Fast forward to 2005, my college graduation party. The same friend gives me a small, wooden curio box. I'm fooling around with the box and discover that it has a false bottom; inside is $200 cash! My parents had sold theirs in a garage sale several years before :). Goes to show you that you just never know!

ghost

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Re: It is all about the gift!
« Reply #17 on: June 28, 2010, 12:30:35 PM »
Fast forward to 2005, my college graduation party. The same friend gives me a small, wooden curio box. I'm fooling around with the box and discover that it has a false bottom; inside is $200 cash! My parents had sold theirs in a garage sale several years before :). Goes to show you that you just never know!

I used to collect these, and would often buy them at thrift stores and rummage sales - I've found money in three of them through the years. I wonder if maybe I bought one from your parents!  ;D

Two were purchased from rummage sales, and I went back to return the money. One person was very grateful, and let me keep some of the money; the other person just let me keep the whole sum, saying that I found it, so I earned it. The third was purchased at a thrift store, out of town, and it was only 10 dollars, so I kept it.

Anyway, the moral of the story is this - check your belongings before you sell or donate them. I've also found money tucked into the pages of books and in the pockets of clothing. Once, in the interior pocket of a purse, I found a necklace with a small diamond pendant. I had purchased it at a thrift store, and called them to see if we could find the owner. No such luck, so I gave the necklace to my mom since she hated the purse!  ;D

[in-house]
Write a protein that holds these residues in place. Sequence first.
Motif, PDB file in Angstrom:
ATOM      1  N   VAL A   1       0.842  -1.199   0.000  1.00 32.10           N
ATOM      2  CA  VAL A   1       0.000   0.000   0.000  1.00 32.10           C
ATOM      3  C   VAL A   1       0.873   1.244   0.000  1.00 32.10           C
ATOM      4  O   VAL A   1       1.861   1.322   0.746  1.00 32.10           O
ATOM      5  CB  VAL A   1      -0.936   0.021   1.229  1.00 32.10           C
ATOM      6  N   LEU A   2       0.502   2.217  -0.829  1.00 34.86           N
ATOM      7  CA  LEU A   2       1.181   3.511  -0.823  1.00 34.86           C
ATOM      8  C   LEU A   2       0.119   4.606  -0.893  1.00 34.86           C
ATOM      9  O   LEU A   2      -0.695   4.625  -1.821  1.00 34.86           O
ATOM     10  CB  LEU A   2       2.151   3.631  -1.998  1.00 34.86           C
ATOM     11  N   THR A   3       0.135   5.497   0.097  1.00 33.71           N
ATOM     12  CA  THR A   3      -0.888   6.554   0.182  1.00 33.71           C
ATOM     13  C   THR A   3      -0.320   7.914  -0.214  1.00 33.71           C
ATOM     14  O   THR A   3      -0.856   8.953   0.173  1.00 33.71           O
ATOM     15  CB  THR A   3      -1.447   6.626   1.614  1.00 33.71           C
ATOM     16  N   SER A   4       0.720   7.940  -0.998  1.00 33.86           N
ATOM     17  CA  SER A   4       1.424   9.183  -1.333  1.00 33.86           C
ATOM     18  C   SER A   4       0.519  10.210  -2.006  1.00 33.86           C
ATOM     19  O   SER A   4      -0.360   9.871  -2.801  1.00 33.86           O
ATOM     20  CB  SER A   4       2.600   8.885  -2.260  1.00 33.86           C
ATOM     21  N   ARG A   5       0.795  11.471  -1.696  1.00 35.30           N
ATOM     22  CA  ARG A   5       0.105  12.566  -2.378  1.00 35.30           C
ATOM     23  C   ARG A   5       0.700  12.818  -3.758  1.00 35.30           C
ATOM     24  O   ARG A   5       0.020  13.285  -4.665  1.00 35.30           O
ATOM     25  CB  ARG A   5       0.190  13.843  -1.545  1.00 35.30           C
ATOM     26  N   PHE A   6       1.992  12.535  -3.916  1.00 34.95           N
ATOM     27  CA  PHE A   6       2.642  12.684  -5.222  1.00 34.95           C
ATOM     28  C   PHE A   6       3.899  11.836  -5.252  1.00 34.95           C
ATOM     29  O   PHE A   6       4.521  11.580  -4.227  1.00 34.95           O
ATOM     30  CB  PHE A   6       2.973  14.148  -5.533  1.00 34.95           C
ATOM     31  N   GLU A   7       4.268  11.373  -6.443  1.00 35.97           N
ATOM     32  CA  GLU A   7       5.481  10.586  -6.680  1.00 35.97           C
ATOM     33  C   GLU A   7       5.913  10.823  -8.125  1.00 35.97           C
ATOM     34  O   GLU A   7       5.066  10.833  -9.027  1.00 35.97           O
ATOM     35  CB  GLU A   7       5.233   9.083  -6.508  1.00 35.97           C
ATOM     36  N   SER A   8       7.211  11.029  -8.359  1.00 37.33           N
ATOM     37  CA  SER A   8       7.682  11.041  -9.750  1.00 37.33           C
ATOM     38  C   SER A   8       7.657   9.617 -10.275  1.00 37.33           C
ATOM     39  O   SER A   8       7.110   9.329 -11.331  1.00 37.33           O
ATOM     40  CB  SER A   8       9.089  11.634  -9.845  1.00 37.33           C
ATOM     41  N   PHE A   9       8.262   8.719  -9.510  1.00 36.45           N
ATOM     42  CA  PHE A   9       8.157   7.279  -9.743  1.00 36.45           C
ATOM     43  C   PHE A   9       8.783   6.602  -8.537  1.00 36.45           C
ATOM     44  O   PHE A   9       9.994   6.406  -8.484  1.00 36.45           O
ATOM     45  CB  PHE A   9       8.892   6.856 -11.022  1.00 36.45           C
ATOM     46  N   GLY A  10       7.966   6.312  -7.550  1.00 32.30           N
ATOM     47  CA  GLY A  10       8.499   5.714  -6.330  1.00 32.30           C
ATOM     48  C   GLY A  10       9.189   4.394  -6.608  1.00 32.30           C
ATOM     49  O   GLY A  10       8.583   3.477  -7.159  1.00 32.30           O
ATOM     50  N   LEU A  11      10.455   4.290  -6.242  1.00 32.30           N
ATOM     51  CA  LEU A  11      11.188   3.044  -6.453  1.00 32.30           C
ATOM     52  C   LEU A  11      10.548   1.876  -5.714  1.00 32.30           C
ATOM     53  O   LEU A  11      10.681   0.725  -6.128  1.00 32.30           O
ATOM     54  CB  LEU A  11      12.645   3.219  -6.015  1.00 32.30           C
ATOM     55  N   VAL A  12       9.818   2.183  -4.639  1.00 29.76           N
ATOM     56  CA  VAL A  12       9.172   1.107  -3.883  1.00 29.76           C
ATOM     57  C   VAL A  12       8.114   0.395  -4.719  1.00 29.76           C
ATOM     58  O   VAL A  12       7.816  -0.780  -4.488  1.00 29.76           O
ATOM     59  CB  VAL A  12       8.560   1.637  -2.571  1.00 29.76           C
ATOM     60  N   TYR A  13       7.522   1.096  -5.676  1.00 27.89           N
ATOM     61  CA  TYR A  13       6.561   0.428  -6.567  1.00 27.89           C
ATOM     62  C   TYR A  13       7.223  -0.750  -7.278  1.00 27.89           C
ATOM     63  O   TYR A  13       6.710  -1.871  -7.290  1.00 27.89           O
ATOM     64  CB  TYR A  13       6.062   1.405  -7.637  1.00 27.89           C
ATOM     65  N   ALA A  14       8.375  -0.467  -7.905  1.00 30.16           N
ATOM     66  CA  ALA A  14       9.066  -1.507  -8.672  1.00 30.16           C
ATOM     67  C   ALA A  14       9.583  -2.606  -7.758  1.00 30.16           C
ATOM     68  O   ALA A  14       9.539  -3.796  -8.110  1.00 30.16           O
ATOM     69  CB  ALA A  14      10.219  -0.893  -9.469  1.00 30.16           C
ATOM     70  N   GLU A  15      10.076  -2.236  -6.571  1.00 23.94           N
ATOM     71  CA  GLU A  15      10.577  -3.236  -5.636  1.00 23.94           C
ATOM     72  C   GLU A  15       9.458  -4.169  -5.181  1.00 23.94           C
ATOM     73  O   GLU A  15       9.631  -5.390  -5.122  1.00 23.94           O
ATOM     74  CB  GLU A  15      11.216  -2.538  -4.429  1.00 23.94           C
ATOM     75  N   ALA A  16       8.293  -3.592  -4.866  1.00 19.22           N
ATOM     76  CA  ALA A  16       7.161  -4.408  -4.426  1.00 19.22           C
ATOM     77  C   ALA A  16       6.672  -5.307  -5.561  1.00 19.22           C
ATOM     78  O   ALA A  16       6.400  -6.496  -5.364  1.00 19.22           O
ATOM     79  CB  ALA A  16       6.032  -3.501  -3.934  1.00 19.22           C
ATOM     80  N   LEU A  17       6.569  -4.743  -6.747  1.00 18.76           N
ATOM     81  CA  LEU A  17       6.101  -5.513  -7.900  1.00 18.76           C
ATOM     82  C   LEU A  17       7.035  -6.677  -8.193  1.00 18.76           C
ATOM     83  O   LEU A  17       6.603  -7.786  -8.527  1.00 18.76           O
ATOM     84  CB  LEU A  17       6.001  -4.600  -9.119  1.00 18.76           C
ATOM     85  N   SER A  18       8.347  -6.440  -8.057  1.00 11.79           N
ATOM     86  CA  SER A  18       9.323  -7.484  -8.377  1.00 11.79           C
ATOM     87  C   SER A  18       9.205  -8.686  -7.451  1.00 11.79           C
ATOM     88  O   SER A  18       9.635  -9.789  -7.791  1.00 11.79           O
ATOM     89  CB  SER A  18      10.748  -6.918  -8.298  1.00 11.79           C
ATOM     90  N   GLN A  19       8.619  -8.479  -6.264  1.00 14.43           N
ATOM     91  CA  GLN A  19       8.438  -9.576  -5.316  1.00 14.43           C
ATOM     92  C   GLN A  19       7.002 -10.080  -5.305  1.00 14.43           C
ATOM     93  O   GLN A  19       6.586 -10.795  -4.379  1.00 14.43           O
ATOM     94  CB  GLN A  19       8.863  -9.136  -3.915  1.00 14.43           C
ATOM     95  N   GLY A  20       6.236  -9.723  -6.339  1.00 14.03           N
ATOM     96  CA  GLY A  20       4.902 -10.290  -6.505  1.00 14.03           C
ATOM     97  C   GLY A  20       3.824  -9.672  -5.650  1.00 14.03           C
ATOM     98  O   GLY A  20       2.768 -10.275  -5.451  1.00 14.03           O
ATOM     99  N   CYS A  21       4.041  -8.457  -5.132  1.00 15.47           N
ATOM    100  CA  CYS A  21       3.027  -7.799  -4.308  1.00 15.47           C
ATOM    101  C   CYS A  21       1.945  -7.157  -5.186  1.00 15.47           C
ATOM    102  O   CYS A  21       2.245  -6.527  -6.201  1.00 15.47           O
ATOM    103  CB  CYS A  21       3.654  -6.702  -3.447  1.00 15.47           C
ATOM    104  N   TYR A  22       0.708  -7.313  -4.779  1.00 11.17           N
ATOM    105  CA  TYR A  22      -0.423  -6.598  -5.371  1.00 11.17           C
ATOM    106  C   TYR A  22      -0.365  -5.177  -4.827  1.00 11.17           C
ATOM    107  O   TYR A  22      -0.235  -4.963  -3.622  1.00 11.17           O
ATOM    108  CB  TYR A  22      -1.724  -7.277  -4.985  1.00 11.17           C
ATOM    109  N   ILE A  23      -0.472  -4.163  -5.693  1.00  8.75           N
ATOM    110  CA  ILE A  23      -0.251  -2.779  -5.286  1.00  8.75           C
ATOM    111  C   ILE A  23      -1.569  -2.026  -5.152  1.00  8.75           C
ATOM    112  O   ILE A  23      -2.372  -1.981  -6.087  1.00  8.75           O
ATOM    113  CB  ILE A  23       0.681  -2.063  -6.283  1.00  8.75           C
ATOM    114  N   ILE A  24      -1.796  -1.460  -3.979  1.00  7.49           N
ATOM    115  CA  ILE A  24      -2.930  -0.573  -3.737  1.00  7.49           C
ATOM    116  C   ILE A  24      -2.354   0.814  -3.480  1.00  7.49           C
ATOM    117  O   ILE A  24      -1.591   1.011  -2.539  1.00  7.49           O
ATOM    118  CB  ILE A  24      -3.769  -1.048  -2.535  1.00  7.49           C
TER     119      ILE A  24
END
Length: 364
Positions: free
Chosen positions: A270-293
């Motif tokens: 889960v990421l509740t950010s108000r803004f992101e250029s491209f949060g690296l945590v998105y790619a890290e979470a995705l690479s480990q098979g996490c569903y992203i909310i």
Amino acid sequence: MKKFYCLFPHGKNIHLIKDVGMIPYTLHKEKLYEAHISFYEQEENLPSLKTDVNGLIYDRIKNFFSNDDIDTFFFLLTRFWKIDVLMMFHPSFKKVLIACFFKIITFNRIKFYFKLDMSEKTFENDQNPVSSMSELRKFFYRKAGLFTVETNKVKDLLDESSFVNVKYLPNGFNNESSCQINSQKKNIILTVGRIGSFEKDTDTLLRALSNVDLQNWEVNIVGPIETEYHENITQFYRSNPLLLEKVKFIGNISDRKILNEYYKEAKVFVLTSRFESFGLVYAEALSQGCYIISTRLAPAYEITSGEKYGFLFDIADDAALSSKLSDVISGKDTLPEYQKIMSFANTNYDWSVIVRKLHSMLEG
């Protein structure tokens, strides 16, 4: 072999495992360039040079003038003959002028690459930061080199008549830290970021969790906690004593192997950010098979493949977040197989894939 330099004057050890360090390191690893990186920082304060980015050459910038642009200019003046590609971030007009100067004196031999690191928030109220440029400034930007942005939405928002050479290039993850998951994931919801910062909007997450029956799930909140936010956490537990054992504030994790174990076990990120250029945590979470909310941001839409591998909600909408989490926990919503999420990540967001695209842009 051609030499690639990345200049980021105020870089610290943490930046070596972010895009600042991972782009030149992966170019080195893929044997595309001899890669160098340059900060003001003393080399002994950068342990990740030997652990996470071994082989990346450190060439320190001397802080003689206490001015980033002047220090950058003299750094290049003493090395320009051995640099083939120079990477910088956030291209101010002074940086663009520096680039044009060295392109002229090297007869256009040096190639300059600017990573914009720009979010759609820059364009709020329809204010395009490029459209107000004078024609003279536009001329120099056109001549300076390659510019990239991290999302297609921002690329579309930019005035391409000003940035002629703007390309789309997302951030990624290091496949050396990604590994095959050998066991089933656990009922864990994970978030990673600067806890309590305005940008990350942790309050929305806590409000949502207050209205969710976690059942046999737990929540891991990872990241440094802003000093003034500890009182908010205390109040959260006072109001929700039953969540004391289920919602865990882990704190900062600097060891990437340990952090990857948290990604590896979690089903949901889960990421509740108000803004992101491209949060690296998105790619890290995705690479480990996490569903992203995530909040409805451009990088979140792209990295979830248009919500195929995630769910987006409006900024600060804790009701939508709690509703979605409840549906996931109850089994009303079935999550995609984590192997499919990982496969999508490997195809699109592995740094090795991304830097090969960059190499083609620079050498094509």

kingsrings

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Re: It is all about the gift!
« Reply #18 on: June 28, 2010, 12:47:52 PM »
It would also seem to me that gift givers should be wary of ‘hiding’ money in the gifts. Sure, it’s clever, amusing, and fun to do so, but only if the receiver finds the $$! Not everyone is going to think to look in all the nooks and crannies of gifts for money, because they’re probably not expecting it to be there, unless they know the giver does that sometimes. That’s a lot of money wasted, or ending up in the hands of people who weren’t supposed to get it.